Most methods for analyzing functional time series rely on the estimation of lagged autocovariance operators or surfaces. As in univariate time series analysis, testing whether or not such operators are zero is an important diagnostic step that is well understood when the data, or model residuals, form a strong white noise. When functional data are constructed from dense records of, for example, asset prices or returns, a weak white noise model allowing for conditional heteroscedasticity is often more realistic. Applying inferential procedures for the autocovariance based on a strong white noise to such data often leads to the erroneous conclusion that the data exhibit significant autocorrelation. We develop methods for performing inference for the lagged autocovariance operators of stationary functional time series that are valid under general conditional heteroscedasticity conditions. These include a portmanteau test to assess the cumulative significance of empirical autocovariance operators up to a user selected maximum lag, as well as methods for obtaining confidence bands for a functional version of the autocorrelation that are useful in model selection/validation. We analyze the efficacy of these methods through a simulation study, and apply them to functional time series derived from asset price data of several representative assets. In this application, we found that strong white noise tests often suggest that such series exhibit significant autocorrelation, whereas our tests, which account for functional conditional heteroscedasticity, show that these data are in fact uncorrelated in a function space.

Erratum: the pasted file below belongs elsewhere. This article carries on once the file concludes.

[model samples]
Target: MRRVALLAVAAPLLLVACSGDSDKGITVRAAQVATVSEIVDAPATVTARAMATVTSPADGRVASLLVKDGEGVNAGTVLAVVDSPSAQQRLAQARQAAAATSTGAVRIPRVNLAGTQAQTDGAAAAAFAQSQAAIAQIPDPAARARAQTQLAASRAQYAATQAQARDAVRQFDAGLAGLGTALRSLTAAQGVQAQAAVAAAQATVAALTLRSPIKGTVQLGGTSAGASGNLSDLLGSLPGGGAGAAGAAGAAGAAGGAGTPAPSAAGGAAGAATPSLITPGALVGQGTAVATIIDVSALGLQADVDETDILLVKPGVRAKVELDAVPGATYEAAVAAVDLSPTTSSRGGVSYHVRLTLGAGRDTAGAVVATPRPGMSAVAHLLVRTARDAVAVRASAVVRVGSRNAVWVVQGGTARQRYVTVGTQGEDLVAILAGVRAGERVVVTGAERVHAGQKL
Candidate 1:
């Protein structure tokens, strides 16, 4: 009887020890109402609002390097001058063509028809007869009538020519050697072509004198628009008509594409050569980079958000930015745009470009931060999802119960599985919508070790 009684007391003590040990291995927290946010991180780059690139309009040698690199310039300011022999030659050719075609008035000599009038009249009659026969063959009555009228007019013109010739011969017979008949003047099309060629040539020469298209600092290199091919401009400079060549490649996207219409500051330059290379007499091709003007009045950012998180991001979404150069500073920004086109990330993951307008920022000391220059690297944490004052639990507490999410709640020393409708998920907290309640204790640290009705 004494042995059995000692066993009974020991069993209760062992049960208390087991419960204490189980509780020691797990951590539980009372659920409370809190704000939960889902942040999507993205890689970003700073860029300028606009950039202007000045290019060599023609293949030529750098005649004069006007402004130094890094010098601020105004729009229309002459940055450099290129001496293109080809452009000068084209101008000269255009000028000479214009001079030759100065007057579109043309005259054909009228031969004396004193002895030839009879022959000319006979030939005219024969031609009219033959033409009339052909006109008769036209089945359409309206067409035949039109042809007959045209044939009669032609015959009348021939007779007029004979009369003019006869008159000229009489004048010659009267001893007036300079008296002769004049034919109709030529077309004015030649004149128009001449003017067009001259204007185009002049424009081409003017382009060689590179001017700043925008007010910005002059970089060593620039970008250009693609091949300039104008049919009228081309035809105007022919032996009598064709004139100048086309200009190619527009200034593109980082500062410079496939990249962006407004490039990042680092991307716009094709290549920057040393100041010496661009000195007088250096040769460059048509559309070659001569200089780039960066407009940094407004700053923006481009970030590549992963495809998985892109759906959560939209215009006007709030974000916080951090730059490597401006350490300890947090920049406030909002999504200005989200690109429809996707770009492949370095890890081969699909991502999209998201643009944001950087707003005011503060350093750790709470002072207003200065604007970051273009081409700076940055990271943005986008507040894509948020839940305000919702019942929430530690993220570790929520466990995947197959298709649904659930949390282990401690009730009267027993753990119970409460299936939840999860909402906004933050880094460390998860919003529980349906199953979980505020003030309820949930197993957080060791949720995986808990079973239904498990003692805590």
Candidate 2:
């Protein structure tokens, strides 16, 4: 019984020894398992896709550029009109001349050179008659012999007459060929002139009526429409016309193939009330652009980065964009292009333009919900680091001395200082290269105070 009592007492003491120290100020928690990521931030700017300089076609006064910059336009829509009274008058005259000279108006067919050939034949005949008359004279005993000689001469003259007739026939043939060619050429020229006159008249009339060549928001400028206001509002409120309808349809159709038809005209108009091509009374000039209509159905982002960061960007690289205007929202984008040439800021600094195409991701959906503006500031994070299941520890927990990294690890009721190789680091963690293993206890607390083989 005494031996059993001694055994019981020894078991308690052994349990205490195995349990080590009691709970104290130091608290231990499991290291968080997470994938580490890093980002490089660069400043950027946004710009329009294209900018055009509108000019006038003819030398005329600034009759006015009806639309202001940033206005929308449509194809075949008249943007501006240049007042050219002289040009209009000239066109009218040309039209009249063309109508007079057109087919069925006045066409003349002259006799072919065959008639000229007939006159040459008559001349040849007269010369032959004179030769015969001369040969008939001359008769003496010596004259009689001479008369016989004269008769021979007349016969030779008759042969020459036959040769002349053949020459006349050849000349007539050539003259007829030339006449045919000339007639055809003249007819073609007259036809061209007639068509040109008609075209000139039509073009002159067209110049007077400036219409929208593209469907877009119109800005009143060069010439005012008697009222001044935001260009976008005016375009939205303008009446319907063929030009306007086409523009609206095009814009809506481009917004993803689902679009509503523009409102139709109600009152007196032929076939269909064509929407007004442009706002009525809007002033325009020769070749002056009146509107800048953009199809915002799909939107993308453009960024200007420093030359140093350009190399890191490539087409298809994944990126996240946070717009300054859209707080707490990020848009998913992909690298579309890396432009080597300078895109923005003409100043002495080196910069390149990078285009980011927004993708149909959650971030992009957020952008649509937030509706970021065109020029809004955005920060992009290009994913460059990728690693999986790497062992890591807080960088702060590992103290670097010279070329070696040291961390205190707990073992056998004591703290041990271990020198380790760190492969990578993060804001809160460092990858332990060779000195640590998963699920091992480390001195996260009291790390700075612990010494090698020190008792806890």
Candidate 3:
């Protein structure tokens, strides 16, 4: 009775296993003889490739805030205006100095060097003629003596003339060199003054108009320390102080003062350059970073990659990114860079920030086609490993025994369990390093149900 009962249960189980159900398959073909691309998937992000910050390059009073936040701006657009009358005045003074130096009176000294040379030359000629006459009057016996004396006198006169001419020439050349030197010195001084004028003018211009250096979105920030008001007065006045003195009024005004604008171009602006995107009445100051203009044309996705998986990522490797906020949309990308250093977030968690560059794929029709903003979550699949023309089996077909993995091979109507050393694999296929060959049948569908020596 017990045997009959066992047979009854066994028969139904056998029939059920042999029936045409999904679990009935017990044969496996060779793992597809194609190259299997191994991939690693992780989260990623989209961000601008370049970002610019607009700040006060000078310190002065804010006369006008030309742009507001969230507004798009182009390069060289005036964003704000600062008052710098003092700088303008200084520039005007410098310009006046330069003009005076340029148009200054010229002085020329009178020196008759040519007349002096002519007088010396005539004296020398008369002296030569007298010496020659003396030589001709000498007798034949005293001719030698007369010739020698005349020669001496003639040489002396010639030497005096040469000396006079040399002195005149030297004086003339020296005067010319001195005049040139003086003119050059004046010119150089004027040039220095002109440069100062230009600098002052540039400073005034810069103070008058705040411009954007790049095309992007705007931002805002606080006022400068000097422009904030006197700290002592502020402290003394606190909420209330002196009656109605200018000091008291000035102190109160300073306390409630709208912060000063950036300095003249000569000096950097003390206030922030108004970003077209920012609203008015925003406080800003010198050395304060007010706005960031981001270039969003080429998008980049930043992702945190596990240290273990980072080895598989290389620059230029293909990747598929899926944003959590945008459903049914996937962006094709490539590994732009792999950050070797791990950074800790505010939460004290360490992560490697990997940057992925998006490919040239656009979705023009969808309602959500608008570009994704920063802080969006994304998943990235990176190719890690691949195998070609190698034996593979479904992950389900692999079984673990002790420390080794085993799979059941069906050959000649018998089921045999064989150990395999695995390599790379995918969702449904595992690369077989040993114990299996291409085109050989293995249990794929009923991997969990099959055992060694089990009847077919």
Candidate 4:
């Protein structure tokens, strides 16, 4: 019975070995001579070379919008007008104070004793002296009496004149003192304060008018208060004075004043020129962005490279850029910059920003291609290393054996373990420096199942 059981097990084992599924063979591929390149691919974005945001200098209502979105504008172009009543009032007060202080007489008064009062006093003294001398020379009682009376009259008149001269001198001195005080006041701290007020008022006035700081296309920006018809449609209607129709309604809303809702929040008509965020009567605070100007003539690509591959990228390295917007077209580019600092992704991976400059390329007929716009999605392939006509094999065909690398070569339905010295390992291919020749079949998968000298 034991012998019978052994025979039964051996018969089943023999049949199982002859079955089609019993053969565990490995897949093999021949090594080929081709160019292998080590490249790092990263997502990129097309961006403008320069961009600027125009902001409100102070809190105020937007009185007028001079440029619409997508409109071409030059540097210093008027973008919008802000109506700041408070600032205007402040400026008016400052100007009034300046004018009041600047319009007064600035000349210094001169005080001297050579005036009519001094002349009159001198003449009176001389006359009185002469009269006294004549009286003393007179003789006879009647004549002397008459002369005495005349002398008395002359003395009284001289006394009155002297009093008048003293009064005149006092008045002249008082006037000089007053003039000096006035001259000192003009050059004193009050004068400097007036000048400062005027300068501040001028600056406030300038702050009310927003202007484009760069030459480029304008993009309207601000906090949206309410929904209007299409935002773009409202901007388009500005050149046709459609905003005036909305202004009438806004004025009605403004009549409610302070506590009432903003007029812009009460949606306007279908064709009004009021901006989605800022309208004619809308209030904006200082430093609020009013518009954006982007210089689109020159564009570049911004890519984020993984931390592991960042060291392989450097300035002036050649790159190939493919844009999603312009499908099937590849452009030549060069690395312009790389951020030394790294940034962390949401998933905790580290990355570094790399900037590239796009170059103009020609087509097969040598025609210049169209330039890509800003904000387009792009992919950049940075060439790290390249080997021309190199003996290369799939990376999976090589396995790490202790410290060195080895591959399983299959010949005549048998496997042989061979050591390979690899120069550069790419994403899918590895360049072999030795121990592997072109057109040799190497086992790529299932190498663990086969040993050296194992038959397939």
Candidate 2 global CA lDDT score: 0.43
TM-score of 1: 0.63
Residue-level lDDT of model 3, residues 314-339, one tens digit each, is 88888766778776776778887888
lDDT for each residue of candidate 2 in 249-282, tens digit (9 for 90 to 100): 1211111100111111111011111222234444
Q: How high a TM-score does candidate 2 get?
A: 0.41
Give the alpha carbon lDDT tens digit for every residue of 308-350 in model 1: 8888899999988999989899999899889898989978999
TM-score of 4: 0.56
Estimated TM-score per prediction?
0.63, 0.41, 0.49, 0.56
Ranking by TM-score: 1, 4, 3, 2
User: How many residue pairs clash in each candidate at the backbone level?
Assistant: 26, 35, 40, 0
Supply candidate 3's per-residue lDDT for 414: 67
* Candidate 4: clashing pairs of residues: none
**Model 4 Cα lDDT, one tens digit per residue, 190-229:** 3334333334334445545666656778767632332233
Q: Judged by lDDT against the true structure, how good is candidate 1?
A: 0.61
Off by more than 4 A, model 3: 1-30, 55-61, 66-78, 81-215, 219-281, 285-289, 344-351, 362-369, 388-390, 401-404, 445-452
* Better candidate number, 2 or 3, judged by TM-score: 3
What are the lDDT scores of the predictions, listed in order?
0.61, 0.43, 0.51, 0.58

- Conditional heteroskedasticity
- Functional data